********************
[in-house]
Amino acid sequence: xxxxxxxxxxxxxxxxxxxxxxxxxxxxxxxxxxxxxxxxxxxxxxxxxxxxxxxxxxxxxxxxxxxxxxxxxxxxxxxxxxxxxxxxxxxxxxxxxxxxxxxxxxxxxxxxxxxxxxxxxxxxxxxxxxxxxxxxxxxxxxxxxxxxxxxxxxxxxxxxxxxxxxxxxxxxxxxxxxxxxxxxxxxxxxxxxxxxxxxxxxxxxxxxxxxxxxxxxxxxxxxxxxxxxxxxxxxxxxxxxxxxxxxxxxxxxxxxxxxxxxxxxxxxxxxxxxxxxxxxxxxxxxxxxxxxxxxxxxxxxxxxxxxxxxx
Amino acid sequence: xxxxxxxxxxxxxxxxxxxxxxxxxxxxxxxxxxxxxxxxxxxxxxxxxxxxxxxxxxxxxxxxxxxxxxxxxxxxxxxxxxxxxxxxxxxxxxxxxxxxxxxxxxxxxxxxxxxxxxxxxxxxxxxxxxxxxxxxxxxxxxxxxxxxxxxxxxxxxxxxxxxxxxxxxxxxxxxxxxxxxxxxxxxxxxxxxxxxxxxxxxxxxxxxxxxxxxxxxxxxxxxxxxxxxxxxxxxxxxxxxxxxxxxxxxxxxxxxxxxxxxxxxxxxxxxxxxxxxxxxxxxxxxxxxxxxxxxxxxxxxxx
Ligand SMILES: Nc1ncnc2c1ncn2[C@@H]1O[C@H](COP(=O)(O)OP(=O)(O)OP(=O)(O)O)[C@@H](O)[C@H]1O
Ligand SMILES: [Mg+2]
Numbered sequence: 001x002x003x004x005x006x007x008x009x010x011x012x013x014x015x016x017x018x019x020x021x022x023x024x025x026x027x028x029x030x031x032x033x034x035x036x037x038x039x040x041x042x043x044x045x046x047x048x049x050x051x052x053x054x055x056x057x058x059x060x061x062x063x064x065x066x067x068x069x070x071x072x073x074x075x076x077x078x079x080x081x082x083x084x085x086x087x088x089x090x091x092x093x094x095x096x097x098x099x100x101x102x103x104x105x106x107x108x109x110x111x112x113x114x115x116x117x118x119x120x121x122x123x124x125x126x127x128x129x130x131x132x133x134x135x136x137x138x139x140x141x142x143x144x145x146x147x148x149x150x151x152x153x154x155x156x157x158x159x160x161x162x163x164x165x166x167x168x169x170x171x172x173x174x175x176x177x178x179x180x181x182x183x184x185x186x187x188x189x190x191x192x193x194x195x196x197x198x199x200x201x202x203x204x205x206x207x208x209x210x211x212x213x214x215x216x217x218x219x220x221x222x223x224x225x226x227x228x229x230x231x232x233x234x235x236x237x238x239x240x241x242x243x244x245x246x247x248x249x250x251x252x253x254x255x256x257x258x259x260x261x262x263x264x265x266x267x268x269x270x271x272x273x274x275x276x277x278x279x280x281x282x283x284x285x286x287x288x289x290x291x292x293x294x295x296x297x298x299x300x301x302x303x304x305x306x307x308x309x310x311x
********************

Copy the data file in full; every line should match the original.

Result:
[in-house]
Amino acid sequence: xxxxxxxxxxxxxxxxxxxxxxxxxxxxxxxxxxxxxxxxxxxxxxxxxxxxxxxxxxxxxxxxxxxxxxxxxxxxxxxxxxxxxxxxxxxxxxxxxxxxxxxxxxxxxxxxxxxxxxxxxxxxxxxxxxxxxxxxxxxxxxxxxxxxxxxxxxxxxxxxxxxxxxxxxxxxxxxxxxxxxxxxxxxxxxxxxxxxxxxxxxxxxxxxxxxxxxxxxxxxxxxxxxxxxxxxxxxxxxxxxxxxxxxxxxxxxxxxxxxxxxxxxxxxxxxxxxxxxxxxxxxxxxxxxxxxxxxxxxxxxxxxxxxxxxx
Amino acid sequence: xxxxxxxxxxxxxxxxxxxxxxxxxxxxxxxxxxxxxxxxxxxxxxxxxxxxxxxxxxxxxxxxxxxxxxxxxxxxxxxxxxxxxxxxxxxxxxxxxxxxxxxxxxxxxxxxxxxxxxxxxxxxxxxxxxxxxxxxxxxxxxxxxxxxxxxxxxxxxxxxxxxxxxxxxxxxxxxxxxxxxxxxxxxxxxxxxxxxxxxxxxxxxxxxxxxxxxxxxxxxxxxxxxxxxxxxxxxxxxxxxxxxxxxxxxxxxxxxxxxxxxxxxxxxxxxxxxxxxxxxxxxxxxxxxxxxxxxxxxxxxxx
Ligand SMILES: Nc1ncnc2c1ncn2[C@@H]1O[C@H](COP(=O)(O)OP(=O)(O)OP(=O)(O)O)[C@@H](O)[C@H]1O
Ligand SMILES: [Mg+2]
Numbered sequence: 001x002x003x004x005x006x007x008x009x010x011x012x013x014x015x016x017x018x019x020x021x022x023x024x025x026x027x028x029x030x031x032x033x034x035x036x037x038x039x040x041x042x043x044x045x046x047x048x049x050x051x052x053x054x055x056x057x058x059x060x061x062x063x064x065x066x067x068x069x070x071x072x073x074x075x076x077x078x079x080x081x082x083x084x085x086x087x088x089x090x091x092x093x094x095x096x097x098x099x100x101x102x103x104x105x106x107x108x109x110x111x112x113x114x115x116x117x118x119x120x121x122x123x124x125x126x127x128x129x130x131x132x133x134x135x136x137x138x139x140x141x142x143x144x145x146x147x148x149x150x151x152x153x154x155x156x157x158x159x160x161x162x163x164x165x166x167x168x169x170x171x172x173x174x175x176x177x178x179x180x181x182x183x184x185x186x187x188x189x190x191x192x193x194x195x196x197x198x199x200x201x202x203x204x205x206x207x208x209x210x211x212x213x214x215x216x217x218x219x220x221x222x223x224x225x226x227x228x229x230x231x232x233x234x235x236x237x238x239x240x241x242x243x244x245x246x247x248x249x250x251x252x253x254x255x256x257x258x259x260x261x262x263x264x265x266x267x268x269x270x271x272x273x274x275x276x277x278x279x280x281x282x283x284x285x286x287x288x289x290x291x292x293x294x295x296x297x298x299x300x301x302x303x304x305x306x307x308x309x310x311x